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  • In Solution Explorer, double-click linkedtemplate1.json.
  • In the JSON Outline pane, right-click resources and select Add New Resource from the menu.
  • In the Add Resource dialog, select Web App from the list of resources.
  • First select Create New from the App Service plan (Server Farm) menu.
  • In the Name field, type linkedtemplate1serviceplan and then click Add.
Add a Web App resource to the linked template (Image Credit: Russell Smith)

Add a Web App resource to the linked template (Image Credit: Russell Smith)

  • Now type linkedtemplate1webapp into the Name field on the Web App screen and click Add.
  • Two new resources will appear in JSON Outline.
  • In Solution Explorer, double-click linkedtemplate1.json
  • Add an extra value in the parameters section after minlength, noting the required comma after minlength.

 “defaultValue”: ” linkedtemplate1serviceplan”

  • Click CTRL+S to save the project.
Add a default value parameter (Image Credit: Russell Smith)

Add a default value parameter (Image Credit: Russell Smith)

Deploying Linked Templates

As I mentioned in Use Visual Studio to Deploy a Virtual Machine on Petri, VS 2015 must be launched with an administrator account to deploy resources in Azure. So if you haven’t already done so, start VS as an administrator and open the project we just saved from the Start page.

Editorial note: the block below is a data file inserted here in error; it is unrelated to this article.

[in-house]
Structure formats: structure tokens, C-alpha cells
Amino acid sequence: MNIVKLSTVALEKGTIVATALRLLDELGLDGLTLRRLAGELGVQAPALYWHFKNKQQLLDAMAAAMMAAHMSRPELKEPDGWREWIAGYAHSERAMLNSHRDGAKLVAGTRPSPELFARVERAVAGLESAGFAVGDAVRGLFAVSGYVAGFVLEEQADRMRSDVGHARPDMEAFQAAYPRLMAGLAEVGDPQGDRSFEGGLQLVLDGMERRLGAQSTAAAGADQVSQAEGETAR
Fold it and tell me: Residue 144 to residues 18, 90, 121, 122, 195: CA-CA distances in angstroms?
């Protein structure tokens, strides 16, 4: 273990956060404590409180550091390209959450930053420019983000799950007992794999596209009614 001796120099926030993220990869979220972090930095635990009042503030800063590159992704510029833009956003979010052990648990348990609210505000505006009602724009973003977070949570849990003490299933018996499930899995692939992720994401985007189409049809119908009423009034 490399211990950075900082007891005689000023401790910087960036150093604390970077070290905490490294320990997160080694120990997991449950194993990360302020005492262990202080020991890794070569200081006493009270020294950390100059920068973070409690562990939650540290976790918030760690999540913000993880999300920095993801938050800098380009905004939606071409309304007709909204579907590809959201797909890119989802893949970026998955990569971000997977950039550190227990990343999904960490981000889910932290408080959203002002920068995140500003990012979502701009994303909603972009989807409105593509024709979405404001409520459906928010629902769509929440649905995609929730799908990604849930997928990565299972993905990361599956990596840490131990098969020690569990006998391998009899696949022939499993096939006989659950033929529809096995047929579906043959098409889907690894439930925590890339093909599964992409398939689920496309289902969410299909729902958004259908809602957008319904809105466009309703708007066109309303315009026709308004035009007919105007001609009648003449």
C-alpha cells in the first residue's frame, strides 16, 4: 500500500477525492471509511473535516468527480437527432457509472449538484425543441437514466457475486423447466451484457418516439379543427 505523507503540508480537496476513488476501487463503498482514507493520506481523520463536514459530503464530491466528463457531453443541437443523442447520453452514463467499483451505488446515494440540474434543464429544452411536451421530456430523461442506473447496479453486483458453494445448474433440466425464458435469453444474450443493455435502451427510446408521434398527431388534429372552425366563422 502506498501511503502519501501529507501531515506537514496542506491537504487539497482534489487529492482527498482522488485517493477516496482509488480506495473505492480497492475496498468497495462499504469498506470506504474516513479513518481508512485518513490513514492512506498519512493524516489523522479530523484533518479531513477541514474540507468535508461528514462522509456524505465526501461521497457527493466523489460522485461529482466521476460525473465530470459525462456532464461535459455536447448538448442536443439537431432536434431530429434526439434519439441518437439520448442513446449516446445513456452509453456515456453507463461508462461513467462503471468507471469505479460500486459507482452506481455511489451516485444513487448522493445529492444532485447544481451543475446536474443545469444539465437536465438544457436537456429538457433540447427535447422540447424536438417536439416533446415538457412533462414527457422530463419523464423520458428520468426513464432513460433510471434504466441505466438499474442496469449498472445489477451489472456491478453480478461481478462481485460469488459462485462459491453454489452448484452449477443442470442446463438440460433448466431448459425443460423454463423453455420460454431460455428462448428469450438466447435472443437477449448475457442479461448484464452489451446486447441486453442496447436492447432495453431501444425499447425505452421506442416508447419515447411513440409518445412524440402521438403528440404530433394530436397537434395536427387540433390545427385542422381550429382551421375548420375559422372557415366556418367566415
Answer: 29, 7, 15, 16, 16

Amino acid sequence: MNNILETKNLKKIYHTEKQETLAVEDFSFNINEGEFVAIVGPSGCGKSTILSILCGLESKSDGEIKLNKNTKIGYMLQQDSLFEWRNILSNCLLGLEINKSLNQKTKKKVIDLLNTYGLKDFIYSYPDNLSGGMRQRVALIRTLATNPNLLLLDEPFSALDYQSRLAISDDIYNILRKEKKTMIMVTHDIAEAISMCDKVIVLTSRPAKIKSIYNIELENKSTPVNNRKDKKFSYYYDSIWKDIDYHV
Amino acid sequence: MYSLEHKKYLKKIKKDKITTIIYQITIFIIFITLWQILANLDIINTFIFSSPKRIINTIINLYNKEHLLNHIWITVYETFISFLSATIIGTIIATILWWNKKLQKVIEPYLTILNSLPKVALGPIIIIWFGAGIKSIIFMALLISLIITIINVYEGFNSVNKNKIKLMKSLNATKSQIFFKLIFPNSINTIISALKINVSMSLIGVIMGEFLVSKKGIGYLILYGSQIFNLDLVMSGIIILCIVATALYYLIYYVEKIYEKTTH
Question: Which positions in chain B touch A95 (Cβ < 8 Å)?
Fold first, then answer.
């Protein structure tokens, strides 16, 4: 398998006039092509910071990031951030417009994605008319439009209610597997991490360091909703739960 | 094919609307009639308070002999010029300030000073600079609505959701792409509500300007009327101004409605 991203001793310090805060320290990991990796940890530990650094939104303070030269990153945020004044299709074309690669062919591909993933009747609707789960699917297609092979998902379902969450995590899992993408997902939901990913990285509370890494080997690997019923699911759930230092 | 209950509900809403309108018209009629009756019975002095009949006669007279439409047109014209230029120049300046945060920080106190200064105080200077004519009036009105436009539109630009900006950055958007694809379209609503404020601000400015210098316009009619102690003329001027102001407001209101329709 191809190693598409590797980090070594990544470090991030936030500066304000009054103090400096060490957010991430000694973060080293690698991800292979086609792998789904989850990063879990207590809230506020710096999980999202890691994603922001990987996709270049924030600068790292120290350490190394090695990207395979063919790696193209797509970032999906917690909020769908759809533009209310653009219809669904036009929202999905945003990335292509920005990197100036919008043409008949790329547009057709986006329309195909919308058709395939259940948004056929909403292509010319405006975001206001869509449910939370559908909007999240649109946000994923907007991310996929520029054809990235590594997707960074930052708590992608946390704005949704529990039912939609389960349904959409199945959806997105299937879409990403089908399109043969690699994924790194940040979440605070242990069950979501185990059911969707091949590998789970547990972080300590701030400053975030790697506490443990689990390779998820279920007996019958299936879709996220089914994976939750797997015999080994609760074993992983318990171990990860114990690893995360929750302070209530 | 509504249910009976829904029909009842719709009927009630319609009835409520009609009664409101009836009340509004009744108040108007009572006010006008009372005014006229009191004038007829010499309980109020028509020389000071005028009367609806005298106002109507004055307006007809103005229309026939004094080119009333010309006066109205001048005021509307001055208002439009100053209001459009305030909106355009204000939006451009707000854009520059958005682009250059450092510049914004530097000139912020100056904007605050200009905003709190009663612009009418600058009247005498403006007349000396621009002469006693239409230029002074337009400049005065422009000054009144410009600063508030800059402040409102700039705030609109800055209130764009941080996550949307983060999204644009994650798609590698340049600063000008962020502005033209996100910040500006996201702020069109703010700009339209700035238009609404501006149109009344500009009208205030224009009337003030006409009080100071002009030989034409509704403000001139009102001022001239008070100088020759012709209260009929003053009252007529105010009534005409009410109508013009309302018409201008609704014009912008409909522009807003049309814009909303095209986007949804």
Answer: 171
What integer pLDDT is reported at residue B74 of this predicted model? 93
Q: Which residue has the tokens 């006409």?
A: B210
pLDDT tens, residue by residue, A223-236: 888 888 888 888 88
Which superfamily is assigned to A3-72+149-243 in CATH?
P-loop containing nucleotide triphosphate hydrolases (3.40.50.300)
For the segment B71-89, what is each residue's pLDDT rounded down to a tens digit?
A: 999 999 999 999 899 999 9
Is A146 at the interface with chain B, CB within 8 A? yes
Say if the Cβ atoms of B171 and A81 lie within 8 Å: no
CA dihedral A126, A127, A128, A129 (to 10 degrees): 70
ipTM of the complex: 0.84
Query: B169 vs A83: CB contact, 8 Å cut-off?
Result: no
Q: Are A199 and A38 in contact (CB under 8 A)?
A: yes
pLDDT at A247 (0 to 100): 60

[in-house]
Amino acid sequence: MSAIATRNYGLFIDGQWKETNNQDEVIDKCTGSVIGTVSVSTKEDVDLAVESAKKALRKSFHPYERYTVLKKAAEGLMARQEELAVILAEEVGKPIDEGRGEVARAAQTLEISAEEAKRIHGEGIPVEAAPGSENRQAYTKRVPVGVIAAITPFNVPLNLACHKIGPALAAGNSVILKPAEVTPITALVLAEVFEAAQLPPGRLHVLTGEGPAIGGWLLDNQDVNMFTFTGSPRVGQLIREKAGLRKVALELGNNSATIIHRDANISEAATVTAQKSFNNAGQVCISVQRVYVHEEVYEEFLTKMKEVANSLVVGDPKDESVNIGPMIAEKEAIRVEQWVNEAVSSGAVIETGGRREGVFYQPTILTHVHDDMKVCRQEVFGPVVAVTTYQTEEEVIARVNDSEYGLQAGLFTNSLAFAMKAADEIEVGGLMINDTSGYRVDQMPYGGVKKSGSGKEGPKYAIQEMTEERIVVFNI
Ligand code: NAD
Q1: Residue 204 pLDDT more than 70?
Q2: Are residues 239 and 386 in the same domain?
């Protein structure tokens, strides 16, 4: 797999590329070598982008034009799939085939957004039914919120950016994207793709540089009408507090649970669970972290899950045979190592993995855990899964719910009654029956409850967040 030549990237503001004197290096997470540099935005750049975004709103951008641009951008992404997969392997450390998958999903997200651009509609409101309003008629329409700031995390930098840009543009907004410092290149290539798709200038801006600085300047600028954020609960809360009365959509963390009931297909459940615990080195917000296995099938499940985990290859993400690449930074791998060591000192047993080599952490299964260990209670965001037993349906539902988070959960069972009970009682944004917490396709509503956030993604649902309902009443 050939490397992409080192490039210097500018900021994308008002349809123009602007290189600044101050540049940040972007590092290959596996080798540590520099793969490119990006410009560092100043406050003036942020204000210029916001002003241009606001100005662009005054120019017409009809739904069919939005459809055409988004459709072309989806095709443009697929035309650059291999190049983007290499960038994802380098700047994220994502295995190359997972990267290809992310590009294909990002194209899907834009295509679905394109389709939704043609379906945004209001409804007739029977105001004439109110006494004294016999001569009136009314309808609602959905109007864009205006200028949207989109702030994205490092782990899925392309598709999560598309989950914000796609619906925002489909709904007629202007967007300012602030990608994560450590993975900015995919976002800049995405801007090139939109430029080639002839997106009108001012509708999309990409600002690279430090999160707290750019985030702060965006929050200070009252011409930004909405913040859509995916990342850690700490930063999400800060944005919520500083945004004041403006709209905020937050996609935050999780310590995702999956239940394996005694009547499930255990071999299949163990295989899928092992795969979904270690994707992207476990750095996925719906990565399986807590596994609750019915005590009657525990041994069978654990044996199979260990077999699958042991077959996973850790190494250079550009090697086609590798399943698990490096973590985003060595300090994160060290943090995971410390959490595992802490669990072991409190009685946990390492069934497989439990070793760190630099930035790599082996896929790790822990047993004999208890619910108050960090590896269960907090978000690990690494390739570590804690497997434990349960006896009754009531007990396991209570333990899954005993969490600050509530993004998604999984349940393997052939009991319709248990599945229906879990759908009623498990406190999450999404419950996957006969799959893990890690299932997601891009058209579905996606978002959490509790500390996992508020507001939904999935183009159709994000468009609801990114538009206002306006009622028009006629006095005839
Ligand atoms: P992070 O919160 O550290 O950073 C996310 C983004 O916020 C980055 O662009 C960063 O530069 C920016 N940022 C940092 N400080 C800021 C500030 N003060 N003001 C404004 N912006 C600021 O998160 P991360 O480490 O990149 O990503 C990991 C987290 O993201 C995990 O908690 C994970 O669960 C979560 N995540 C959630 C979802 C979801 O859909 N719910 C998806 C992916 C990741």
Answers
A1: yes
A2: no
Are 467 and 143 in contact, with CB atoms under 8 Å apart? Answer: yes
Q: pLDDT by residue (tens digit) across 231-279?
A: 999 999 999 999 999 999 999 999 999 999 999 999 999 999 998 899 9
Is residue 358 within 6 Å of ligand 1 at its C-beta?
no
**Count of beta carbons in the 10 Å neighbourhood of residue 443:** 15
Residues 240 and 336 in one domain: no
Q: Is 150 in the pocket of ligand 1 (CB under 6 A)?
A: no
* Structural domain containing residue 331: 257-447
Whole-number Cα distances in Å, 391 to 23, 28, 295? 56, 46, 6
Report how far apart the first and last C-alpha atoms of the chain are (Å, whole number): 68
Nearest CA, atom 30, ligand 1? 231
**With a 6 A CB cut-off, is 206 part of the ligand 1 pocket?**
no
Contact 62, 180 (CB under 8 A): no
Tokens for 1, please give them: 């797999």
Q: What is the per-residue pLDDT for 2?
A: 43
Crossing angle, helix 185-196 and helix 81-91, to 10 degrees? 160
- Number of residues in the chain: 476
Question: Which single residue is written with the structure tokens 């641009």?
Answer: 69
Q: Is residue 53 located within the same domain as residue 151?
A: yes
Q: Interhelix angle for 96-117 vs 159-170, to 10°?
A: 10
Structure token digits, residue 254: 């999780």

• Right-click AzureLinkedTemplate in Solution Explorer and select Deploy > New Deployment… from the menu.
  • In the Deploy to Resource Group dialog, select <Create New…> in the Resource group menu.
  • In the Create Resource Group dialog, type AzureLinkedTemplate in the Resource group name field and then select a region from the Resource group location menu and click Create.
  • In the Deploy to Resource Group dialog, select the master template, azuredeploy.json from the menu under Deployment template.
  • In the Template parameters file menu, select azuredeploy.parameters.json.
  • In the Artifact storage account menu, make sure that Automatically create a storage account is selected and then click Deploy.
Deploy the resource in Azure (Image Credit: Russell Smith)

Deploy the resource in Azure (Image Credit: Russell Smith)

What is an Artifact Storage Account?

Azure can read the master template from your local hard disk, but any linked templates must reside in Azure storage so that they can be read, hence the need for an artifact storage account. The storage account is accessed using a Shared Access Signature (SAS).

Check Resource Deployment

Once the deployment has completed successfully, you should see a message: ‘Successfully deployed template…’ in the Output pane. To verify that the App Service Plan and Web App have been deployed, open Cloud Explorer from the View menu and check the list of resources.

Check for a successful Azure deployment (Image Credit: Russell Smith)

Check for a successful Azure deployment (Image Credit: Russell Smith)

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In this article, I showed you how to deploy resources from a linked template in Azure. In a future article, I’ll show you how to make conditional decisions in an ARM template.